Patent linkage may be regarded as a link between the marketing approval of the generic product and the patent status of the originator reference (innovator) product. Marketing Approval ensures the safety and efficacy of a pharmaceutical product. However, the patent gives exclusive rights to a patent holder to prevent others from making, selling, using, importing, and offering to sell a patented product. A patent provides exclusive rights to a patent holder for a period of 20 years and no generic could be brought to the market for sale until the patent of the originator reference product is in force. Therefore marketing approval cannot override the patent rights.

In some jurisdictions, a link between the marketing approval of the generic product and the patent status of the new product known as Patent linkage has been established. Patent linkage disallows the marketing approval of the generic drug until the patent of the originator reference drug is valid. The US is the first country to adopt Patent linkage as a part of the Hatch Waxman Act (1984). The use of Patent linkage in the US intends to stimulate innovation in the field of pharmaceuticals and on the same side intends to facilitate the timely entry of generic medicines in the market.

Under the Hatch-Waxman Act, an Abbreviated New Drug Application (ANDA) now contains the bioequivalence data which facilitates the entry of generics into the US market without any requirement of submitting costly clinical (humans) and preclinical (animal) data to ensure safety and efficacy. All the innovator or generic drugs approved by the FDA are entered in the orange book. However, ANDA applicants must have to certify the following conditions:

(1) the drug has not been patented

(2) the patent of the innovator drug has expired

(3) the generic drug will not be placed on the market until the patent expires

(4) the patent is not infringed on or is invalid

If the patent of the reference originator (innovator) product is in force than the Applicant of the generic drug has to either wait till the patent expires or must notify the innovator company of its filing and describe why the generic product is not infringing the patented product or can also prove the patent of the innovator product is invalid or unenforceable.

India has not adopted Patent linkage yet. A generic manufacturing company can apply forth marketing approval of a generic product even if the patent status of the originator reference product is valid. However, the approved generic drug cannot be brought to the market if the patent of the originator drug is in force. There are different authorities responsible for the grant of a patent and marketing approval in India. The authority responsible for the granting of patents is the Indian Patent Office, and the national regulatory authority responsible forgiving marketing approval to pharmaceutical products is the Central Drugs Standard Control Organization (CDSCO). The Drug Comptroller General of India (DCG) provides marketing approval in accordance with the Drug and Cosmetic Act 1940. Moreover, the CDSCO does not maintain any register of patented pharmaceuticals like the orange book in the US. There is no linkage between the patent rights and marketing approval of generic drugs in India. Patent linkage is not applicable in India, but a direct attempt to push Patent linkage was attempted by Bristol-Myers Squibb Company (Bristol-Myers Squibb Company & Ors v.Dr. BPS Reddy & Ors, I.A.No. 3696 of 2013,I.A.No. 13386 of 2013, I.A.No. 11383 of 2014in CS (OS) No. 2680 of 2008 prohibiting the Drug Comptroller General of India (DCGI)from granting marketing approval for a generic version of Sprycel (dasatinib, used to treat chronic myeloid leukemia) and secured an exparte injunction.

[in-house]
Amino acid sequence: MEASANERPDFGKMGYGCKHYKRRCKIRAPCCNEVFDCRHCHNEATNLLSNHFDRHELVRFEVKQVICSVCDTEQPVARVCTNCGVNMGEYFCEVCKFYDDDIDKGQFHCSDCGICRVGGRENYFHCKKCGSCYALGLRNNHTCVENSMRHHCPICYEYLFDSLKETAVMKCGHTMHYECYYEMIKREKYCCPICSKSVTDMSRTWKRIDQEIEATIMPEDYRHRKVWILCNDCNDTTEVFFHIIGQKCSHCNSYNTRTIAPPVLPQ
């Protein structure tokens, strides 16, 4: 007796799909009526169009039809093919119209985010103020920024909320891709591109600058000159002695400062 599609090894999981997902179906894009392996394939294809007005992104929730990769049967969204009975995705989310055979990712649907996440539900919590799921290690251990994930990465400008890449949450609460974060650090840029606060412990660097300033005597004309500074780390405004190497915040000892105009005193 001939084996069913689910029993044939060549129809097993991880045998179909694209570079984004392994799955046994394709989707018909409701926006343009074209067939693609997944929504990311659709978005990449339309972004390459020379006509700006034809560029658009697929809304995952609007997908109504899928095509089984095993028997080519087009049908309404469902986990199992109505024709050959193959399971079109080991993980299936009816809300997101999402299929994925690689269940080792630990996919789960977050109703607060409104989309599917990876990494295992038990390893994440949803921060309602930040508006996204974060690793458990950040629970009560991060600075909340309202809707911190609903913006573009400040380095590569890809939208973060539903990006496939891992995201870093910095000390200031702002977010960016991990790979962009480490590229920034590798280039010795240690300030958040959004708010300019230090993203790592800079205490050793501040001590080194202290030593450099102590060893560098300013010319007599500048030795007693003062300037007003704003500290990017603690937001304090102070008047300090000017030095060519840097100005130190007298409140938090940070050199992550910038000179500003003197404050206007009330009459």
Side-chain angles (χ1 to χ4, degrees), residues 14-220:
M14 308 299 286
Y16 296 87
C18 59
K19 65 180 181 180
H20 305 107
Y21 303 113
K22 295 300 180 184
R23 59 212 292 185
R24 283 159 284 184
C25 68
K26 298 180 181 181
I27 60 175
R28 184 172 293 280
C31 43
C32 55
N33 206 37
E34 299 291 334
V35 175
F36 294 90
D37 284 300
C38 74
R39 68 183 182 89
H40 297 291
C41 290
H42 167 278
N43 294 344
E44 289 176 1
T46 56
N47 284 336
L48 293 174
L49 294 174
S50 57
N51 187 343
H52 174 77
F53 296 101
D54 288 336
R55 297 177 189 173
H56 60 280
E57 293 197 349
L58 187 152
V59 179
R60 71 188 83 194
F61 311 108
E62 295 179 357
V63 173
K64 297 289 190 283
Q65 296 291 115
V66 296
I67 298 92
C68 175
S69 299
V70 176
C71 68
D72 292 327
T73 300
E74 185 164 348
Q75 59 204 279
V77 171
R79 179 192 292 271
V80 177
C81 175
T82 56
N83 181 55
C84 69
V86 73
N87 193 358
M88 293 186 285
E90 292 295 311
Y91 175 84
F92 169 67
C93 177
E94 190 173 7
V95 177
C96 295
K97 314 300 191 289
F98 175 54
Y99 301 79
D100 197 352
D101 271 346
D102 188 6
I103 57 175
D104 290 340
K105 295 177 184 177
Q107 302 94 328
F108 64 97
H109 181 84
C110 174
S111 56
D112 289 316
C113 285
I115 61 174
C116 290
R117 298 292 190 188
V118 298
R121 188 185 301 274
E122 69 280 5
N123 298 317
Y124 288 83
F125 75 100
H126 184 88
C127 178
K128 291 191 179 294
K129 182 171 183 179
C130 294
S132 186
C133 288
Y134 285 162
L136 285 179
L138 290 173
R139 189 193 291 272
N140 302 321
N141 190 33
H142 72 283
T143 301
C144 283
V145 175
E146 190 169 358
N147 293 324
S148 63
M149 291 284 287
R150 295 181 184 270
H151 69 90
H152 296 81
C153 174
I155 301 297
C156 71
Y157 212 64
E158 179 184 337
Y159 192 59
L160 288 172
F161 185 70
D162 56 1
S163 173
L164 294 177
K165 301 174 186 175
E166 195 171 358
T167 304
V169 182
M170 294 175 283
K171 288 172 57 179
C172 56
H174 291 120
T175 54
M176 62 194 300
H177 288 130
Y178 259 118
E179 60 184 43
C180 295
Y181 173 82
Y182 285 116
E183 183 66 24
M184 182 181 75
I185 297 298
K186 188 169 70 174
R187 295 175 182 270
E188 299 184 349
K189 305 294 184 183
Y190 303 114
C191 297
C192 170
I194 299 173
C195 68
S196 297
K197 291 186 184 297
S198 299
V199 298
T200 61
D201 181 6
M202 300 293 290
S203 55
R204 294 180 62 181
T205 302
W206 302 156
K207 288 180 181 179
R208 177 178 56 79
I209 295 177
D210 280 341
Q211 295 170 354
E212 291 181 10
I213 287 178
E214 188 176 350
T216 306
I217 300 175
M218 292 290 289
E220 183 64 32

Next came the High court judgment of Bayer Corporation and Ors v. Cipla of India (UCI) and Ors, 162 (2009) DLT 371, which has given clarity over Patent linkage in India. Bayer has attempted to prohibit the Drug Comptroller General of India (DCGI) from granting marketing approval to Cipla for a generic version of Soranib.

The Court has disapproved Patent linkage citing several reasons for its decision:

1) Two state authorities (Indian Patent Office and DISCO) operate solely with different objectives. The Drug and Cosmetic Act has no statute which denies the approval of generic drugs when the patent is in force. Moreover, the DCGI is only responsible for the safety and efficacy of the generic drug and the ensuring of other necessary infrastructural facilities required forth manufacturing of the drug. Furthermore, the market approval of the drug is only liked to the conditions given in the Drug and Cosmetic Act.

2) The Court has further clarified that courts cannot establish or decree a Patent linkage, desired by Bayer as it would be a policy choice avoided by the Parliament.

3) The Court has clarified that Article 27 of the TRIPS agreement clearly states that the patents are to be made available without any discrimination of technology and Patent linkage applies to pharmaceuticals only.

Conclusion:

Patent linkage is favourable for the Big Pharma companies that invest a significant sum of money in the research and development of new and innovative drugs as it provides second-tier protection for a patent monopoly. As discussed, the High Court has already decided that there is no provision of patent linkage in India. However, it can be a beneficial provision, if adopted carefully taking into consideration the public health, interests of big pharma companies and the generic manufacturing companies.

Patent linkage is yet not a provision adopted in India. Basically, Patent linkage disallows marketing approval of the generic drug till the patent of the originator reference drug is valid.

Article was 1st published in the Global IP Matrix